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Thread: Anti-racism ad campaign in Minnesota town called 'racist' by critics

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    Re: Anti-racism ad campaign in Minnesota town called 'racist' by critics

    Quote Originally Posted by Mr. Invisible View Post
    I seriously don't agree with these ads as if you are trying to start up a serious conversation about race and racism in America, this really isn't the way to do it as in general people are really going to be turned off.
    Thank you for saying this, Mr. I. As I've noted before, for the most part, putting someone on the immediate defensive doesn't really open them up to hearing your position because they'll be too busy feeling the need to defend themselves.

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    Re: Anti-racism ad campaign in Minnesota town called 'racist' by critics

    Quote Originally Posted by Zyphlin View Post
    Advertisement/education of "white privledge" is not inherently in and of itself guilt/shame motivated. The method one advertises and utilizes white privledge is more to do with that. The fact this is "shock value" is more in line with the notion of it being a "guilt/shame" method of advertisement rather than it's use of White Privledge.
    Nah, I disagree. I don't think "shock value" aspect is going for shame/guilt. I have no doubt that that's something some people will feel just like some people will feel anger, but that doesn't speak to the intent of ad. I've posted studies and merely argued that white privilege existed before and people accuse me of trying to make whites feel guilty, but that's not the case. I think it's the same here.

    The ability for it to "shock" and create a reaction in the direction the people who made it appear to want them to go comes from the notion that it causes someone to suddenly realize this exists and feel either guilty or shameful. You took that to mean immedietely guilty or shamed from an individual level. While that is one method, it is hardly the only way. It could be guilty in a societal or racial sense that "we let this happen". Could shame in a similar way...as in ashamed of society as a whole, or race as a whole, or even a generation as a whole. It could be simply the feeling that this is a "shameful" fact.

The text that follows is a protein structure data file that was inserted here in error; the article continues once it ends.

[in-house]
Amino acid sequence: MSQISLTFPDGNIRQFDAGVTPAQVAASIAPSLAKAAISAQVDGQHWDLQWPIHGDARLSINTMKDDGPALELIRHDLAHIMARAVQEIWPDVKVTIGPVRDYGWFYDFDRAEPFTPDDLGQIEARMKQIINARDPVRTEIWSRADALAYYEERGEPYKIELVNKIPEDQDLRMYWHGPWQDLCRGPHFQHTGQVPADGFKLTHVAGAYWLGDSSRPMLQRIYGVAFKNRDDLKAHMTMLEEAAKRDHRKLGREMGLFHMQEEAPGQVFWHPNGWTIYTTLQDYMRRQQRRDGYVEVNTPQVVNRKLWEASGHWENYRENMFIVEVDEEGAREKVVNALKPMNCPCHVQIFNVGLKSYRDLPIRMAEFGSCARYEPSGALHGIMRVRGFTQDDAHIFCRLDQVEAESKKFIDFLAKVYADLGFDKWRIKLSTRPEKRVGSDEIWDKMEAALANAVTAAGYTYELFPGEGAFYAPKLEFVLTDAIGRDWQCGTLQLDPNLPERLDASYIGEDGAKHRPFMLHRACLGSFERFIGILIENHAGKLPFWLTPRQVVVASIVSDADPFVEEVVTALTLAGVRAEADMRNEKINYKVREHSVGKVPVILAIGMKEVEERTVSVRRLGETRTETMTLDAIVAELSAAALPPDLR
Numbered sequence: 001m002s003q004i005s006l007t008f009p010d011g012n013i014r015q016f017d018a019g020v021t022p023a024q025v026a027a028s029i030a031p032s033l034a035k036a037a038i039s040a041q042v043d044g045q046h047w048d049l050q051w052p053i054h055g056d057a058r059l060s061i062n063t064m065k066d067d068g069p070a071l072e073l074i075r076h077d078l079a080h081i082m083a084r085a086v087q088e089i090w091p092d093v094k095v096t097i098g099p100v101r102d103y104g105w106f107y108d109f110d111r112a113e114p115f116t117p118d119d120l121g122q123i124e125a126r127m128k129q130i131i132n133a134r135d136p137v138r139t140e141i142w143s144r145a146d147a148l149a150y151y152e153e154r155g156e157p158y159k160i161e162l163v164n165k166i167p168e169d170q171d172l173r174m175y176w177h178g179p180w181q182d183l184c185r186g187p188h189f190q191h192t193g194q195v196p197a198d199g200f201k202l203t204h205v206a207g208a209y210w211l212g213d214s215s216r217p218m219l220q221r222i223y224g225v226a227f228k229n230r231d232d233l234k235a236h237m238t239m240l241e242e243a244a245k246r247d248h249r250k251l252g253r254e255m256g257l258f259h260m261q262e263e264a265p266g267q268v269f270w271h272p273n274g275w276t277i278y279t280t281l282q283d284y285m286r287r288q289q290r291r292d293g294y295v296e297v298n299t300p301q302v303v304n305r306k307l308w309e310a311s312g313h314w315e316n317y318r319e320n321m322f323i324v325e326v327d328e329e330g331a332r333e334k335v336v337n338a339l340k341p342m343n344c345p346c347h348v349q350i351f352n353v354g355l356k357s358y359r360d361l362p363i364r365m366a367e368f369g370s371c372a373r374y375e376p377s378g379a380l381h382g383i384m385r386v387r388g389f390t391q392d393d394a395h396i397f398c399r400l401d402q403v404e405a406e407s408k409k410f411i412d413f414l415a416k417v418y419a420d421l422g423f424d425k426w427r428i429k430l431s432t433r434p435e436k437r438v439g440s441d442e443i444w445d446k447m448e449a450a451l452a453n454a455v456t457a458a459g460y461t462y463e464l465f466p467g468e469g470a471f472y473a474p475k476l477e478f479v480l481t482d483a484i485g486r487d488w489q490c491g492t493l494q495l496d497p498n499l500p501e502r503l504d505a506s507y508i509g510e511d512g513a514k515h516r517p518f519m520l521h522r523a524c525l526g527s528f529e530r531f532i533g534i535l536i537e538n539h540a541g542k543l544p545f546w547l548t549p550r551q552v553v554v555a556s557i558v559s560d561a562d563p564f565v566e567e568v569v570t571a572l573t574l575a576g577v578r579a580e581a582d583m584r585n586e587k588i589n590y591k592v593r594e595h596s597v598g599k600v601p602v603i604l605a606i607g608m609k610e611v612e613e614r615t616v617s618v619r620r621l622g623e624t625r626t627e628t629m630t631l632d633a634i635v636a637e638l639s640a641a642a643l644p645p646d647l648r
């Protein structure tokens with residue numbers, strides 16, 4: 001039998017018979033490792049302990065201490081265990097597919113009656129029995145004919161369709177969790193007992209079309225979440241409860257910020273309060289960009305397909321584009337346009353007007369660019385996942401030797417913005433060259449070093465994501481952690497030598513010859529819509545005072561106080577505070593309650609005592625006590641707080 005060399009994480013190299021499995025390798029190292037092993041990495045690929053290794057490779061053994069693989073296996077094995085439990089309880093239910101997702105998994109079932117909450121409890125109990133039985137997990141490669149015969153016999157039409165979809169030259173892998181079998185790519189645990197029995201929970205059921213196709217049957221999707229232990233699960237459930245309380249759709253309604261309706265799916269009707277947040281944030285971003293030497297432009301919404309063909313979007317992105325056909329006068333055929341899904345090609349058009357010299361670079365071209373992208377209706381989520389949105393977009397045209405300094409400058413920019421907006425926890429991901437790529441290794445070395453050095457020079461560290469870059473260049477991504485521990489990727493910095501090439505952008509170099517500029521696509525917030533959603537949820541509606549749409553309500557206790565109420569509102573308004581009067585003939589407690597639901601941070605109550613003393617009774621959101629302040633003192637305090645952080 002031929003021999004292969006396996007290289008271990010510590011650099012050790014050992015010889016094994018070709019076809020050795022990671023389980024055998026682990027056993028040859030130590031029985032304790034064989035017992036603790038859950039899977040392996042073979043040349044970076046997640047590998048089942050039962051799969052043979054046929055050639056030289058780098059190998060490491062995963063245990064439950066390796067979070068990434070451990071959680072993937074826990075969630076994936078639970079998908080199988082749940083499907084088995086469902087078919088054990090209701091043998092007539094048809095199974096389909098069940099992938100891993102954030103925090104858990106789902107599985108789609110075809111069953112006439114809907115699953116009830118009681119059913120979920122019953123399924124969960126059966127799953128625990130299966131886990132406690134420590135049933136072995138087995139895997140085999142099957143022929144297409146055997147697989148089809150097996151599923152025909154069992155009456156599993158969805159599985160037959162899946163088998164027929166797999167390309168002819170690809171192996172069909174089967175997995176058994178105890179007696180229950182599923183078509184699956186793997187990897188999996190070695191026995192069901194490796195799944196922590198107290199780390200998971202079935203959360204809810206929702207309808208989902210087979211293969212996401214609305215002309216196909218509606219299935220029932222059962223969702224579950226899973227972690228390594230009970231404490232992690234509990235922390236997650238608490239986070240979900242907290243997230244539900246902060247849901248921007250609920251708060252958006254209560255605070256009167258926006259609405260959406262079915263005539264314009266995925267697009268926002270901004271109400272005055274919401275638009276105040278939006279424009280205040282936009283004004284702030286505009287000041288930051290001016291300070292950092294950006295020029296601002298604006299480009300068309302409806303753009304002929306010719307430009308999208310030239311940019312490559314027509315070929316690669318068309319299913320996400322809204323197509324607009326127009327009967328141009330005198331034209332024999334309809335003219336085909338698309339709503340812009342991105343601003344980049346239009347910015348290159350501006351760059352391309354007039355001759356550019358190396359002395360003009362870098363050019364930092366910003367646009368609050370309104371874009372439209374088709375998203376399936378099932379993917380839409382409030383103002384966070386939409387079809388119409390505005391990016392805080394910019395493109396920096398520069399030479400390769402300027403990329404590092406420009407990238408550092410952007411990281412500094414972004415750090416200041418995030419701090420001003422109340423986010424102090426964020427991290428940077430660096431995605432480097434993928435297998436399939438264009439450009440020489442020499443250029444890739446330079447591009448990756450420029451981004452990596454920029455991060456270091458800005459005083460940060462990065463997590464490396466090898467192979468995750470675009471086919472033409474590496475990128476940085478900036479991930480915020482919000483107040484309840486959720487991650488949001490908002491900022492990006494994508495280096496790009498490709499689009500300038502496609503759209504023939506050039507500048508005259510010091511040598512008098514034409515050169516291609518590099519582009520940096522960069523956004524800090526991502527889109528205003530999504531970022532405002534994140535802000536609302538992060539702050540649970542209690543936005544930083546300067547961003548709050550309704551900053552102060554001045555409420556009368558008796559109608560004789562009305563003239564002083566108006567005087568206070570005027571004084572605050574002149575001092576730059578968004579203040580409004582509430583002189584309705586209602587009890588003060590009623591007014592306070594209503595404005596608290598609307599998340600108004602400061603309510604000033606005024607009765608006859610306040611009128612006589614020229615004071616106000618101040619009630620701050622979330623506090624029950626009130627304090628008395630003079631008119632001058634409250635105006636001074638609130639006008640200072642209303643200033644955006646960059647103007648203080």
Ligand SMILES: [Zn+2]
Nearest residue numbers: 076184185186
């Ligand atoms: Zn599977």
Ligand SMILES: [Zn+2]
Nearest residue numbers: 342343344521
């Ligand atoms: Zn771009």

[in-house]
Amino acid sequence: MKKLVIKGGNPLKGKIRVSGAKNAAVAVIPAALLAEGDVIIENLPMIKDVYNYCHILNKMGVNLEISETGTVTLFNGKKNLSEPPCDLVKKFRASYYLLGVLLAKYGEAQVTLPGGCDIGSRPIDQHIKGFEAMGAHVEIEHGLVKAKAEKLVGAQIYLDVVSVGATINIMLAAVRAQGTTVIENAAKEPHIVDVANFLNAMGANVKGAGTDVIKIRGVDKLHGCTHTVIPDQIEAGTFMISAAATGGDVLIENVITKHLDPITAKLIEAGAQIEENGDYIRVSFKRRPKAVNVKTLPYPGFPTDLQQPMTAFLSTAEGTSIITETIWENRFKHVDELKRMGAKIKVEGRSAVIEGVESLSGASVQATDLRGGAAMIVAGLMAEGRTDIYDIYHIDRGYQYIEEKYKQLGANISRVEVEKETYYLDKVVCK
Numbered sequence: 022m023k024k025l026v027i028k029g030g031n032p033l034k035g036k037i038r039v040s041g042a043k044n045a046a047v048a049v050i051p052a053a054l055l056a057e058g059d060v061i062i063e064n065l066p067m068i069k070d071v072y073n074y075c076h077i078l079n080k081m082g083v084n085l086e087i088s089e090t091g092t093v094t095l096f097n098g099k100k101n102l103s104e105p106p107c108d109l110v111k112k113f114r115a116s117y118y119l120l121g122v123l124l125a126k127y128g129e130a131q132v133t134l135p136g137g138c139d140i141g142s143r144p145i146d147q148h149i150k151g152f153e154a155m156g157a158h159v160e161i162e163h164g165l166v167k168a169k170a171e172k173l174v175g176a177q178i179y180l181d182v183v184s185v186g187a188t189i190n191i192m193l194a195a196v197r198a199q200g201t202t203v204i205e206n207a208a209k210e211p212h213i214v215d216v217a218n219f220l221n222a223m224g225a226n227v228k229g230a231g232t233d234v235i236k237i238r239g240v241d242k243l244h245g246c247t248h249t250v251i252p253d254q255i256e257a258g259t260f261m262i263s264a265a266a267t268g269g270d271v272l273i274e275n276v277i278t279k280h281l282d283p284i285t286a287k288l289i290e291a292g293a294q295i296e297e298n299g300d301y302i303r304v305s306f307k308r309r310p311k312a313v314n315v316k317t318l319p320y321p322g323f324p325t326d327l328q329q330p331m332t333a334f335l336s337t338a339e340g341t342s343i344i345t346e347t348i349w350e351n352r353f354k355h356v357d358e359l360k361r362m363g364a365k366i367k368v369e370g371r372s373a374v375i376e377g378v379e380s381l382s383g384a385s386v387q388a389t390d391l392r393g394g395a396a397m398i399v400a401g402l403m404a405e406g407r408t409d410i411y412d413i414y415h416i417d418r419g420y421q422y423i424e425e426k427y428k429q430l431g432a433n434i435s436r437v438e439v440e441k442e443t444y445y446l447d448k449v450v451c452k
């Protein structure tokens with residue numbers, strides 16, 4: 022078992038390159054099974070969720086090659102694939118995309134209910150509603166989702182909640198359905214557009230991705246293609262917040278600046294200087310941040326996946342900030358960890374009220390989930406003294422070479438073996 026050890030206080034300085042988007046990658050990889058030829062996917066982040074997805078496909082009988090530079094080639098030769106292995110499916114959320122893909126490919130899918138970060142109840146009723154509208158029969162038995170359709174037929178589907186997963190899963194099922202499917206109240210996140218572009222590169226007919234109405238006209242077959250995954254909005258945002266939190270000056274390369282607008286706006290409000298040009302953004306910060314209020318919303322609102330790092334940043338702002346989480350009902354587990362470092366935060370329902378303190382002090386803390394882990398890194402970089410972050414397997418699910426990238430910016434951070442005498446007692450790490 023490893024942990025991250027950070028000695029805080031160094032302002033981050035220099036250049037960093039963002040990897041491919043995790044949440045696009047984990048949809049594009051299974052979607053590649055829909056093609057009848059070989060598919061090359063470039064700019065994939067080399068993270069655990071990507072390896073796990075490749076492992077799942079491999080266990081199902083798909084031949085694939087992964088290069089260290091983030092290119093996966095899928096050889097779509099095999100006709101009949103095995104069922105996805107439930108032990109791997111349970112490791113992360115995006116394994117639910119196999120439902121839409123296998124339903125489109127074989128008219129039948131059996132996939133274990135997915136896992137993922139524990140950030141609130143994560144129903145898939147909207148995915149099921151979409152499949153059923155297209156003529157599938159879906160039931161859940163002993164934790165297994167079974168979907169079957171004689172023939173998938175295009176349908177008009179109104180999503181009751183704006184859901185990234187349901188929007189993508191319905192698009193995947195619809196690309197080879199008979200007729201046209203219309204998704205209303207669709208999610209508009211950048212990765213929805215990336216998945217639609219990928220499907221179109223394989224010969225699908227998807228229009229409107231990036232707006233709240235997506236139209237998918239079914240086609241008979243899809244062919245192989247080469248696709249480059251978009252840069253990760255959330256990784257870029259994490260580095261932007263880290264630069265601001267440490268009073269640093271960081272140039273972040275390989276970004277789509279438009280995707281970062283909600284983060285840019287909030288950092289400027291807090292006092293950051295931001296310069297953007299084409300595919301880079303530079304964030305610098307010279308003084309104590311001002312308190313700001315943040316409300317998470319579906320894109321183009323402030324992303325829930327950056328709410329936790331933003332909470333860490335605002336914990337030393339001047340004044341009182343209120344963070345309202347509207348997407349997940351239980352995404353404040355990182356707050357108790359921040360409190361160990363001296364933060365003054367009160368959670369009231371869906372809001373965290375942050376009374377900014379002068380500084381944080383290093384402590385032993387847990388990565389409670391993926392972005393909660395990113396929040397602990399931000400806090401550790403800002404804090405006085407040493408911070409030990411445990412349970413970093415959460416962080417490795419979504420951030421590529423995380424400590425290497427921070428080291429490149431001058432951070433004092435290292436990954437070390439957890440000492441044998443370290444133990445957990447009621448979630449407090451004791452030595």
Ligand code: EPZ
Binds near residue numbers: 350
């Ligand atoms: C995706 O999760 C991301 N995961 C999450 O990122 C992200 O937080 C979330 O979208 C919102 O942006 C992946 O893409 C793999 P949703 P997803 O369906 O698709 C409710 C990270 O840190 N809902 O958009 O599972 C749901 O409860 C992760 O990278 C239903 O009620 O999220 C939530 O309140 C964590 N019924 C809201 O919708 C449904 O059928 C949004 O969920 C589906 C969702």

I think that the campaign certainly pushes the notion that inequality is shameful because it is. However, I don't think it's try to make people, as individuals, feel ashamed or guilty. At the same time, it's primary aims appear to be education and action as in "this is the reality, let's do something about it" as opposed to, "this is the reality, let's feel bad, then do something."

    Essentially, by stating the "guilt/shame" method, I'm suggesting the advertisings purpose is to instill a negative feeling or emotion towards the notion of race relations into a person in hopes of inspiring them to act. Personally, in almost all things, I'm a far larger supporter of positive re-enforcement in the majority of situations and especially in more broad reaching situations. The "guilt/shame" method to me is negative re-enforcement.
    So then, you think the campaign aims to guilt or shame people on an individual level at some point in the process. I disagree. Its creators probably expected negative emotions including guilty and shame, but I don't necessarily see that in the campaign an attempt to evoke them. The "shock value" for me is in presenting them in a way that forces people to confront white privilege as a real thing rather than white privilege as abstract reality.

    As you said, this is an attempt by those individuals for people to acknowledge reality as they view it (to be frank, if their "reality" is what they depict on their website, their reality is screwed up similar to those who think racism is pretty much non-existant).